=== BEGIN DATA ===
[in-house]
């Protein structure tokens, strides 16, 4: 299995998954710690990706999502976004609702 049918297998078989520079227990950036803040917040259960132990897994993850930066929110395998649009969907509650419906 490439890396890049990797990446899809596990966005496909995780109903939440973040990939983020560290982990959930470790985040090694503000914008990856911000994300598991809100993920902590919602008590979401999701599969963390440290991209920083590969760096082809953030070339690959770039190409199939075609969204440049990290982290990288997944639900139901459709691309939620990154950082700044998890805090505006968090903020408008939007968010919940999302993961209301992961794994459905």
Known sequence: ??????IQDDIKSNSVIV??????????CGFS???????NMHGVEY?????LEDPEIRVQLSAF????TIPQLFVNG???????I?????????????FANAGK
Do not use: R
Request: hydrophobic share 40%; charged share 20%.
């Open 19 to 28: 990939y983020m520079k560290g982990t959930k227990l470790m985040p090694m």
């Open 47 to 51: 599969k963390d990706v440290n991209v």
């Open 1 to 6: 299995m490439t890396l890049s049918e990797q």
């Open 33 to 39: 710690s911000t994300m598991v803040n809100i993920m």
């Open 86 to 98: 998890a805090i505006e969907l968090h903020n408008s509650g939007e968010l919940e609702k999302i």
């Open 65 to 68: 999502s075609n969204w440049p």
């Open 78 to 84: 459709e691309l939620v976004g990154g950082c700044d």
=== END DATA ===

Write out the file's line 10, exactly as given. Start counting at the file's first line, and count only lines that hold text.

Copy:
């Open 86 to 98: 998890a805090i505006e969907l968090h903020n408008s509650g939007e968010l919940e609702k999302i």